You can easily find a way to start this puzzle, but just a few factors later, it’s a mystery what to do next. Give it a shot, and see what I mean.
Writing all the factor pairs for the clues often is helpful,
but not as helpful as we might hope this time. Here’s a video explaining what to do to find a few more factors of this puzzle using logic:
This puzzle starts off easy enough, but soon the logic gets VERY tricky. Here’s a video explanation to get you past that tricky part. pic.twitter.com/lMlcgjlJ5m
— Iva Sallay (@findthefactors) April 15, 2021
Factors of 1635:
- 1635 is a composite number.
- Prime factorization: 1635 = 3 × 5 × 109.
- 1635 has no exponents greater than 1 in its prime factorization, so √1635 cannot be simplified.
- The exponents in the prime factorization are 1, 1, and 1. Adding one to each exponent and multiplying we get (1 + 1)(1 + 1)(1 + 1) = 2 × 2 × 2 = 8. Therefore 1635 has exactly 8 factors.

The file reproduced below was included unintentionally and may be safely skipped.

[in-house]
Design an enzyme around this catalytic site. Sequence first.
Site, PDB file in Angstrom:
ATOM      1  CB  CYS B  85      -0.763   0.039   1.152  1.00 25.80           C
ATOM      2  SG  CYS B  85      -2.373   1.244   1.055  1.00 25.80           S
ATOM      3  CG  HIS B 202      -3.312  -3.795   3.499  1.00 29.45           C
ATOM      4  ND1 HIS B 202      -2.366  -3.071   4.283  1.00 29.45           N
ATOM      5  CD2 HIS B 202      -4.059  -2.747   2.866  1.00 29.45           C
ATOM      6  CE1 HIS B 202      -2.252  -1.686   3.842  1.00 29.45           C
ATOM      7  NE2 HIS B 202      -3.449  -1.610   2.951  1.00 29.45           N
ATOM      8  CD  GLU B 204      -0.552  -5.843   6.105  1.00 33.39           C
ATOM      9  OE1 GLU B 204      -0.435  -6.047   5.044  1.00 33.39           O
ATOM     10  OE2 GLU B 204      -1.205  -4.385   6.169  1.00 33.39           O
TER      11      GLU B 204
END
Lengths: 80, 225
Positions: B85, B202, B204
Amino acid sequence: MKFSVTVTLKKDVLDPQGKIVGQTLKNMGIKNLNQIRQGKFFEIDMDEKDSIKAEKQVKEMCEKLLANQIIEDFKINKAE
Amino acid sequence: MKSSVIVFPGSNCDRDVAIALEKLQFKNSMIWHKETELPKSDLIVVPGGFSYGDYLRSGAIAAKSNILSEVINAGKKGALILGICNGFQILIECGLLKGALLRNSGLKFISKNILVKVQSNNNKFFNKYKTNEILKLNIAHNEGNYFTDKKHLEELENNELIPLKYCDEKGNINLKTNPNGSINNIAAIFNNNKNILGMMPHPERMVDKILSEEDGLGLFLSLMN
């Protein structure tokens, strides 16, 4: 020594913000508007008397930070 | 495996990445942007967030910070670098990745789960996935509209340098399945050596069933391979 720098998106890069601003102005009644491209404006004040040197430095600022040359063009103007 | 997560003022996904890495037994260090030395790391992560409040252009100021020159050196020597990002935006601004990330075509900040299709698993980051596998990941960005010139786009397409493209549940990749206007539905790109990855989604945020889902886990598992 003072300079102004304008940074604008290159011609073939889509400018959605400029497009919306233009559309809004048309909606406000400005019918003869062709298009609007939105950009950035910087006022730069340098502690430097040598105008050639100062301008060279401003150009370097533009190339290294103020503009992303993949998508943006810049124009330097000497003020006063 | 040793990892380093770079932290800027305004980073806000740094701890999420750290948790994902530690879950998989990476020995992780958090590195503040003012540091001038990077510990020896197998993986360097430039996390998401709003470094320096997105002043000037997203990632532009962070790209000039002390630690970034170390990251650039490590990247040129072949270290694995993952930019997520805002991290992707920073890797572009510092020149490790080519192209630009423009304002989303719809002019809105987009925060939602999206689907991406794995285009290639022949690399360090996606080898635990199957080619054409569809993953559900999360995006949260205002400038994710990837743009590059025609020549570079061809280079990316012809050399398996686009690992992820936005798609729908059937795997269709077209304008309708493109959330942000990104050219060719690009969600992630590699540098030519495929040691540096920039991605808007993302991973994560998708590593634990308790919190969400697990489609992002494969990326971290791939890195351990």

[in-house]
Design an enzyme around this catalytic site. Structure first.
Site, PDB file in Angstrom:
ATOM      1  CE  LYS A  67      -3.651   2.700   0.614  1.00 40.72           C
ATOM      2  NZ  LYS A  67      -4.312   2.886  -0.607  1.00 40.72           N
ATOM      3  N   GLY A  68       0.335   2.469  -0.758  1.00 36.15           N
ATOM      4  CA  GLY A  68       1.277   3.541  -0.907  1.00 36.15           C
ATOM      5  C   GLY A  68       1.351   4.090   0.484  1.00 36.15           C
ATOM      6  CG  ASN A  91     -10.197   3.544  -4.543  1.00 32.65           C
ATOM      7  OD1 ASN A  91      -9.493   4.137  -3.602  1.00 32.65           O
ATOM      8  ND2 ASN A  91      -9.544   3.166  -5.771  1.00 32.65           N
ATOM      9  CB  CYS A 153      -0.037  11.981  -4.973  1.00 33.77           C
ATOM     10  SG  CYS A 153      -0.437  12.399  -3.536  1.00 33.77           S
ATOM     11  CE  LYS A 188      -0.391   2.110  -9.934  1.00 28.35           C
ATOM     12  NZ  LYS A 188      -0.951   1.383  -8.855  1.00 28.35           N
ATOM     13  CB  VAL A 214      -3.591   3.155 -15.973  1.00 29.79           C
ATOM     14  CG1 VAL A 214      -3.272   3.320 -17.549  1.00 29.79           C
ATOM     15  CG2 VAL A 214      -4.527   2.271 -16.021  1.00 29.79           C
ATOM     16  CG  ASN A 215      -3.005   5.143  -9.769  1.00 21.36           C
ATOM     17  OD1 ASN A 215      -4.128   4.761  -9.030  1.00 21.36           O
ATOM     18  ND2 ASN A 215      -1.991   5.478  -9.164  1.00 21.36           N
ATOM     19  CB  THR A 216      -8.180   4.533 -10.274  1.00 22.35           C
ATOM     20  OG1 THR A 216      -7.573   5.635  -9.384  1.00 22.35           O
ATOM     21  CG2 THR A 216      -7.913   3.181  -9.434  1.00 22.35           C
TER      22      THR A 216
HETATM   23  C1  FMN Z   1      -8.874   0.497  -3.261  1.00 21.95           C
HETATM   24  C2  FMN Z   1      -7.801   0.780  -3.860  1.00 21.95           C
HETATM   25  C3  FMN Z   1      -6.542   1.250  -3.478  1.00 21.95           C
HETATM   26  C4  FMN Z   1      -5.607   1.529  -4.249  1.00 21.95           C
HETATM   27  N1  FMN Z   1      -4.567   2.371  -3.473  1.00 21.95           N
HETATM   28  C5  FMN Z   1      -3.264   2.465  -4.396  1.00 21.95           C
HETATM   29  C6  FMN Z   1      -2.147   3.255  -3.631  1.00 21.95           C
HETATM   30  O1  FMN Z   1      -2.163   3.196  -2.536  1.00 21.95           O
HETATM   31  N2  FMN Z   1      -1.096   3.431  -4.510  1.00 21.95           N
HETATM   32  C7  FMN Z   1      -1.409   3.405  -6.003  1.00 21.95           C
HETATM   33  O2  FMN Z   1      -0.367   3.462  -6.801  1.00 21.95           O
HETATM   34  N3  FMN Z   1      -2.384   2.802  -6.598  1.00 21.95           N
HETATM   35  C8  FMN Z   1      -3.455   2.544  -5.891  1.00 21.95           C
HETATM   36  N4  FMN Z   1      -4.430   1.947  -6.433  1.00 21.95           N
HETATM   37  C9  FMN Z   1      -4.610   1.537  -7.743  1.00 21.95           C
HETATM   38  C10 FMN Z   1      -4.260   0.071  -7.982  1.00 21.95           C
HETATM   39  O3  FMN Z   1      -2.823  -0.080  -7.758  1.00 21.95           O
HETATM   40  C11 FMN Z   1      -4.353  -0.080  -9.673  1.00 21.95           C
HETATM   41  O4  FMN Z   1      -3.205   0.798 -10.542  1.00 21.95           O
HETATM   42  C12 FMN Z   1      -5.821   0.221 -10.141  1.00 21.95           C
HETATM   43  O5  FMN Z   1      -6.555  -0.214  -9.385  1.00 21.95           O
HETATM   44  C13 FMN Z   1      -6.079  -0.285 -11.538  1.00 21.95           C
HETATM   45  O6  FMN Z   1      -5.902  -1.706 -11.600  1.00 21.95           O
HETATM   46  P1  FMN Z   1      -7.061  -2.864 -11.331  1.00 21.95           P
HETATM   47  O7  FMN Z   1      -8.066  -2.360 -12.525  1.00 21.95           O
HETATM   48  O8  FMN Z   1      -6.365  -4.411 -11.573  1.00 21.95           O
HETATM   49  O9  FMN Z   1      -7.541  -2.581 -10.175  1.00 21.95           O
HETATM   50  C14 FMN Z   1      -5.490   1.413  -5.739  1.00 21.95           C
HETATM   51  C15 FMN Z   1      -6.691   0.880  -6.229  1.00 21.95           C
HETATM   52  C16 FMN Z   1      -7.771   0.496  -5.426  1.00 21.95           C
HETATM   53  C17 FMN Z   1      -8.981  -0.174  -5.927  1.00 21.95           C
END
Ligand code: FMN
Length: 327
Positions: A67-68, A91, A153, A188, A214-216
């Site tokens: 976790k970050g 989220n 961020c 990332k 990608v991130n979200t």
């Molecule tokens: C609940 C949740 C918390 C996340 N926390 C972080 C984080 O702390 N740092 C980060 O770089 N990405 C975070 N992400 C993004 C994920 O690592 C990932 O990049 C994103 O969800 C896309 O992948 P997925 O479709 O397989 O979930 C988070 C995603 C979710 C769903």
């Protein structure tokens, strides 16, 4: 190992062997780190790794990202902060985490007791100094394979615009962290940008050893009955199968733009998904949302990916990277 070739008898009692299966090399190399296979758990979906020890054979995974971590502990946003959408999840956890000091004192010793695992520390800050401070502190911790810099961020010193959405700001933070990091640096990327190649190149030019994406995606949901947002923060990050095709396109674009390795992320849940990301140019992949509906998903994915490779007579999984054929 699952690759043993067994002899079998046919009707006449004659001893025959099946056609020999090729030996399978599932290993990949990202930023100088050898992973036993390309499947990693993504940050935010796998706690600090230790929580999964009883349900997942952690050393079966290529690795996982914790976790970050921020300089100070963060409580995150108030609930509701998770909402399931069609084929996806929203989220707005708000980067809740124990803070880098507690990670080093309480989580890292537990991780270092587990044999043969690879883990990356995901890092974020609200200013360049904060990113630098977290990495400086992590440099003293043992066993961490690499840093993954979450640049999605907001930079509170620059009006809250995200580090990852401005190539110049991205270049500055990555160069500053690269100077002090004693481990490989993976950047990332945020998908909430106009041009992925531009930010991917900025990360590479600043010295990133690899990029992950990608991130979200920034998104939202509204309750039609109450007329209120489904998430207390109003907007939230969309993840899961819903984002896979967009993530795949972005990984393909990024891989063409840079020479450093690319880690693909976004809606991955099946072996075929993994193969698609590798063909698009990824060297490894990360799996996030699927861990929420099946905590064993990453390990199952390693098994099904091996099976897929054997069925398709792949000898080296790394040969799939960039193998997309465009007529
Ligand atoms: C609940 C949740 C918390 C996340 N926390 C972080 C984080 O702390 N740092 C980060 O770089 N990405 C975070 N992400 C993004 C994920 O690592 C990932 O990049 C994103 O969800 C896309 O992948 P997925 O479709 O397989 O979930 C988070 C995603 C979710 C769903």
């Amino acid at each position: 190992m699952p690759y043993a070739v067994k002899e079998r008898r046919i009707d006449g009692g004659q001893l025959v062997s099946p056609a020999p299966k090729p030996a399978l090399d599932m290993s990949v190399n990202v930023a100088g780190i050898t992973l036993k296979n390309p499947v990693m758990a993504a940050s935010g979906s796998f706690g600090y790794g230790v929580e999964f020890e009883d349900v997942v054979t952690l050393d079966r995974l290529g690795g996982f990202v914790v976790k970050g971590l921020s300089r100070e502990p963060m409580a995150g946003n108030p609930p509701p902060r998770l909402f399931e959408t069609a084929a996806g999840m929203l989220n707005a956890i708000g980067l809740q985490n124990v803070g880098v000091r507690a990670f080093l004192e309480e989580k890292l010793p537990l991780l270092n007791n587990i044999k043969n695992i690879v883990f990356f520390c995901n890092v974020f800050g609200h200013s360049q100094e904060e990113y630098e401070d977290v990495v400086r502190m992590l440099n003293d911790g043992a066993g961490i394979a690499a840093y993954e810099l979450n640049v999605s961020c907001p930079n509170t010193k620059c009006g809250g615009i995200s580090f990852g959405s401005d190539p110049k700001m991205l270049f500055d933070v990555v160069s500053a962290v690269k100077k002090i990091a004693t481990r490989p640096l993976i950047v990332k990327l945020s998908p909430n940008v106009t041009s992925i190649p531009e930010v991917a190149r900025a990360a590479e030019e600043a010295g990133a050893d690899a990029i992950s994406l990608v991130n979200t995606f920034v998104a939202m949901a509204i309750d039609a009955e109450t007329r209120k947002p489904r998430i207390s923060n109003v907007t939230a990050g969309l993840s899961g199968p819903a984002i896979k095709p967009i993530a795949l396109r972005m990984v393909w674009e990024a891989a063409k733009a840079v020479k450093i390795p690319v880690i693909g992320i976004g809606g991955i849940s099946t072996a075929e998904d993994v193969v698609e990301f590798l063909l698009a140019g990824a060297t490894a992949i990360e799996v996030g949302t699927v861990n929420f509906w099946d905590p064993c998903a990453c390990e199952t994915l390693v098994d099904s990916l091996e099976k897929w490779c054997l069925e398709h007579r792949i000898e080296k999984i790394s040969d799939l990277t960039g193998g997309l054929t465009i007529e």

- The factors of 1635 are outlined with their factor pair partners in the graphic below.
More about the Number 1635:
1635 is the hypotenuse of FOUR Pythagorean triples:
99-1632-1635, which is 3 times (33-544-545),
552-1539-1635, which is 3 times (184-513-545),
900-1365-1635, which is 15 times (60-91-109), and
981-1308-1635, which is (3-4-5) times 327.
OEIS.org informs us that there’s something special about the first nine decimals places of the fifth root of 1635.
Its fifth root is 4.392416875…
Can you figure out what is so special about that?
4 thoughts on “1635 The Logic to This Puzzle Is a Real Mystery”
.So, I’m making some headway through my to-read stack, and finally reached The Book of Michael of Rhodes which is not just a fifteenth-century maritime manuscript, but a fifteenth-century text with LOTS and LOTS of math! Math of all kinds! (There are three volumes to the set)
I’ll just leave these links here:
The books sound interesting. Thanks for letting me know about them!
Sure thing! LOL
Sure thing! In one of the accompanying essays, the scholarly opinion is that this Michael of Rhodes had a love of mathematics, and was fascinated by equations. He was coming up with different ways to solve math problems, and included them in his folios.